Education is the foundation of culture. What children learn academically affects their thought patterns pragmatically.
When children don't learn about burden of proof, duty of care, or abuse of process, bullying only gets worse and worse. You will see many more bureaucrats fired haphazardly because of irrational paranoia. Melodramatic power politics will only get worse and worse.
It happens because bureaucrats, administrators, and politicians need social decay to continue the professionalization of reform.
Last edited by Daktoria; 06-19-12 at 03:53 PM.
2. Put cameras in the classroom. The notion that the only way to protect our teachers from frivolous charges of sexual assault is to put in place a system that serves to protect horrible teachers including actual child molesters is ludicrous.
“If we must have an enemy at the head of Government, let it be one whom we can oppose, and for whom we are not responsible, who will not involve our party in the disgrace of his foolish and bad measures.”
- Alexander Hamilton. Spiritual father of #NeverTrump
I wouldn't be opposed to cameras on the classroom. I think that's an excellent way to keep teachers accountable. However, you have to make sure you have administrators who will actually KEEP them accountable.
You are dishonestly including years when Union membership was much higher than it is today. Only 11% of the population belongs to a union today (both public and private). That makes a big difference. When you look at the big donor numbers in 2010 and this year, the GOP are far ahead.
Treat the earth well: it was not given to you by your parents, it was loaned to you by your children. We do not inherit the Earth from our Ancestors, we borrow it from our Children. ~ Ancient American Indian Proverb
1. Most school districts have a compulsory public union that teachers must belong to. And if they choose to "opt-out" they still have to pay over 90% of their union dues anyway. This funds the massive union bankroll.
2. Teacher's unions promote the concept of hiring local teachers who live or come from within the community. This is done on purpose. The reason for it is that teachers vote. And teachers who either live in or grew up in the district likely have friends and family who they attempt to influence to vote.
3. In almost every school district the education elections and votes are done during the week, at the schools, polls close early, and there is never any other vote other than education issues at the same time. This done by design and is 100% intentional. They would never want the public to vote for the school board the same day they vote for the mayor. This would make it too convenient for the general public to vote, which is what they try to limit. By setting the system up this way there is a much greater percentage of votes from district employees/families/friends to non-affiliated general public voters. These elections are often close. They would have a much lesser chance of receiving the result they wanted if they made it convenient for the public to vote, so they hold an election/vote on their own special day.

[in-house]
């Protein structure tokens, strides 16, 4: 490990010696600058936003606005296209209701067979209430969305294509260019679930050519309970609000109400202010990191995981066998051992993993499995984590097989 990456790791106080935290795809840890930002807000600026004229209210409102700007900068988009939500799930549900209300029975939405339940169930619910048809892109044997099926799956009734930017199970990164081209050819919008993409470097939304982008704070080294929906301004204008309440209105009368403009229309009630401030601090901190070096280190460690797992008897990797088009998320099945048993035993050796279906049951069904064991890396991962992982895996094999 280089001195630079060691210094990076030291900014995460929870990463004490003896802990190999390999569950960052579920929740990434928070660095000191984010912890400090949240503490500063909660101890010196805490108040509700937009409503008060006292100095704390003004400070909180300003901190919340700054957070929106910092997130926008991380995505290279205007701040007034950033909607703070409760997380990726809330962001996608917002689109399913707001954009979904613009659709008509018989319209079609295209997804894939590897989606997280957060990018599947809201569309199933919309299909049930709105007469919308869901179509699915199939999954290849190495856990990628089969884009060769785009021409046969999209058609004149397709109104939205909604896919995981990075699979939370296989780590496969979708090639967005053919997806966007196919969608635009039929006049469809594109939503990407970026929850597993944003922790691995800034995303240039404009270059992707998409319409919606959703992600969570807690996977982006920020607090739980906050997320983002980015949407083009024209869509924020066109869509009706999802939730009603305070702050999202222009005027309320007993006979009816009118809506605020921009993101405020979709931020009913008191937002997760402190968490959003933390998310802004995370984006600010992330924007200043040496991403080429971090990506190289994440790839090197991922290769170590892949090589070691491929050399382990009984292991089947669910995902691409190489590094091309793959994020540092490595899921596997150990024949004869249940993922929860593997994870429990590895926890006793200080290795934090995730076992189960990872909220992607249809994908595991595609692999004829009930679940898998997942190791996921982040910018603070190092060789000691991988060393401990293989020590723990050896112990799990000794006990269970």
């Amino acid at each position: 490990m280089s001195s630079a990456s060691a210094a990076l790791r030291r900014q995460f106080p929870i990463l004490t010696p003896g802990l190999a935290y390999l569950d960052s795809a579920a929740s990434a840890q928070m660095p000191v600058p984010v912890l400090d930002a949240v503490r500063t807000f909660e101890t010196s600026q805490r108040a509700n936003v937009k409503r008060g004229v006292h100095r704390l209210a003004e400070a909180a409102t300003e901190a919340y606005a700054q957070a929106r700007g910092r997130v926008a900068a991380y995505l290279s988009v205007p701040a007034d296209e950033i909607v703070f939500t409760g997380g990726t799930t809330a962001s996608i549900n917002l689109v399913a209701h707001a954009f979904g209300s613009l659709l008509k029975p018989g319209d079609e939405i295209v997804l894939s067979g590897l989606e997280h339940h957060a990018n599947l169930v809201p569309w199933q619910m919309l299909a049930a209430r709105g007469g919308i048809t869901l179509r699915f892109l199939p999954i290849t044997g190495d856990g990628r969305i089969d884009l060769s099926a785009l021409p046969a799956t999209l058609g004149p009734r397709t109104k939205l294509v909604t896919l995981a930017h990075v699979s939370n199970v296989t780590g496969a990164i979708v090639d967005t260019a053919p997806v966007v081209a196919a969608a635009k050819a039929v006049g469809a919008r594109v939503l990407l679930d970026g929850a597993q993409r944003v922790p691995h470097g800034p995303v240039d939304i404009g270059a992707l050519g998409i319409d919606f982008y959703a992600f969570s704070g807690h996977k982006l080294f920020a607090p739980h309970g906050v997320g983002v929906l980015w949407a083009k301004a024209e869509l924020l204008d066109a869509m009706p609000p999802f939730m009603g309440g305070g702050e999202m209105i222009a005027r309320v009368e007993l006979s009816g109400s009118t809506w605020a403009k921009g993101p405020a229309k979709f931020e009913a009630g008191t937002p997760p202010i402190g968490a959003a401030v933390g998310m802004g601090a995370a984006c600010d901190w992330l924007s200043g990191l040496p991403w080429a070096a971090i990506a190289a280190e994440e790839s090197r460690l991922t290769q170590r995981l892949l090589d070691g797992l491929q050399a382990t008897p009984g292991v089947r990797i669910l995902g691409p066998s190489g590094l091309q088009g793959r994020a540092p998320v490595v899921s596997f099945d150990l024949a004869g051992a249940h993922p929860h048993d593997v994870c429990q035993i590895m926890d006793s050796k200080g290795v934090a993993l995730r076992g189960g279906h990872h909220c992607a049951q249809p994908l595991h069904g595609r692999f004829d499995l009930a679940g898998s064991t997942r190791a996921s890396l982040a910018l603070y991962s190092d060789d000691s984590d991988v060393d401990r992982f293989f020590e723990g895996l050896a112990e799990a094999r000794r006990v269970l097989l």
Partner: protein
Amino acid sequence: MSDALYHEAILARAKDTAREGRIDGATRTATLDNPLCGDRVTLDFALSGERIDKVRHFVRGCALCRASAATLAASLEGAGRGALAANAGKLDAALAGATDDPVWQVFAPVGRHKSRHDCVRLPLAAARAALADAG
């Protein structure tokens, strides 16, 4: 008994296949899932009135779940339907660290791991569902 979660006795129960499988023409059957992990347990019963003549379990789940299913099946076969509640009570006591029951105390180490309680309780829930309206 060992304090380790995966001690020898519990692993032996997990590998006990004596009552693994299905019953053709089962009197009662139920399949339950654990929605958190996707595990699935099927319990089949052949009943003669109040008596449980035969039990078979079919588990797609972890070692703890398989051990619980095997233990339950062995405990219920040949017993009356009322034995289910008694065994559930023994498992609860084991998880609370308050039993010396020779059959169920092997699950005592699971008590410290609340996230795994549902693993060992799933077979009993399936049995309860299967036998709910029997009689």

4. Private citizens who run for the school board do not have funding. The people who get the most exposure are the people who have been hand selected by the teacher's union to run. These are often retired teachers, principals or politically active people who are sympathetic to the union. They then use their union dues to put signs up around town and advertise the members they want. They also instruct all teachers on how to vote. Almost all of them will vote rank in file. The few general public voters who do show up to vote often show up only for the up/down vote on the budget. They don't know anything about the people running for the school board, but are more likely to vote for the people whose names are familiar. This gets union cronies elected to the school board. They don't need 100% of the seats, just a majority. This gives them the power to vote the way the want and nominate the board President.
5. School boards hire superintendents which has a major impact on negotiations and their influence over the district.
6. Teacher's unions then collectively bargain against/with a school board they elected and tax payers suffer.
Many school districts in America are in this cycle right now. What we're seeing is the public may not understand the strategy the union is using, but they know they are being screwed, they just can't put their finger on how. They are beginning to vote in their own members to the school board kicking out the union cronies. And in many places in America the new school board is downright hostile towards the unions. If you look at places where property taxes have gone up the most over the past decade you'll find where this pattern is in greater effect. This creates an us vs them scenario between the public and their public schools/teachers/officials.
Last edited by Comfort Food; 06-19-12 at 04:40 PM.
Last edited by Comfort Food; 06-19-12 at 04:27 PM.
I don't see much there that is true of private institutions as well. Nor do i think it gives them greater voice. teacher who teach where there is a union involved benefit from that union. Where it is not mandatory, those who don't pay dues get to benefit without paying for the benefit. Not sure that's fair either. Seems to me if there is a union, everyone should pay for the representation.
Benefits, policy, all largely coming from the state, are negotiated by people outside that system. Governors and their representatives are not hired by schools or superintendents. And from what I've seen of school boards, I'm not convinced of you union claim,so I'd like to see some data on school boards.